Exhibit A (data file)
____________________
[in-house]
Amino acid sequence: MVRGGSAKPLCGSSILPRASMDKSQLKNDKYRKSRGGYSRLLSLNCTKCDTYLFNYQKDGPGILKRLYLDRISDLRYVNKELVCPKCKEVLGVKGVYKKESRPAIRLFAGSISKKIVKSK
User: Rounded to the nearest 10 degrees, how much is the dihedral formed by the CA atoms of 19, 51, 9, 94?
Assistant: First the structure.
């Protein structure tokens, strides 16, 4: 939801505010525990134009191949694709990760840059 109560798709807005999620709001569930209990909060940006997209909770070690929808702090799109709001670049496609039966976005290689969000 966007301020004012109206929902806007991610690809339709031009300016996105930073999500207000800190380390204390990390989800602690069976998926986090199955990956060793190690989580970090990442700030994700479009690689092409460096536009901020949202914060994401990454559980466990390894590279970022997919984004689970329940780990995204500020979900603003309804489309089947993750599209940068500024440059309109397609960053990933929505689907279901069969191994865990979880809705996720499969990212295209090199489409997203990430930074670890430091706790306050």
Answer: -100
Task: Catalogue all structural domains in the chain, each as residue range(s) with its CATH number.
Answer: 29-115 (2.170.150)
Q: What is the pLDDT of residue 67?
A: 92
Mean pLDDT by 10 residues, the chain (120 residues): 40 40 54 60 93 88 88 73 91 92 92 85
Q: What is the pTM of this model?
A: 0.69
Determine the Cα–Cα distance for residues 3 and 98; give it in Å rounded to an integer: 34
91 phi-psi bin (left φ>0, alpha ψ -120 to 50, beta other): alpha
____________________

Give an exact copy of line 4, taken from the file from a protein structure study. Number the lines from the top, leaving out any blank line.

Assistant: First the structure.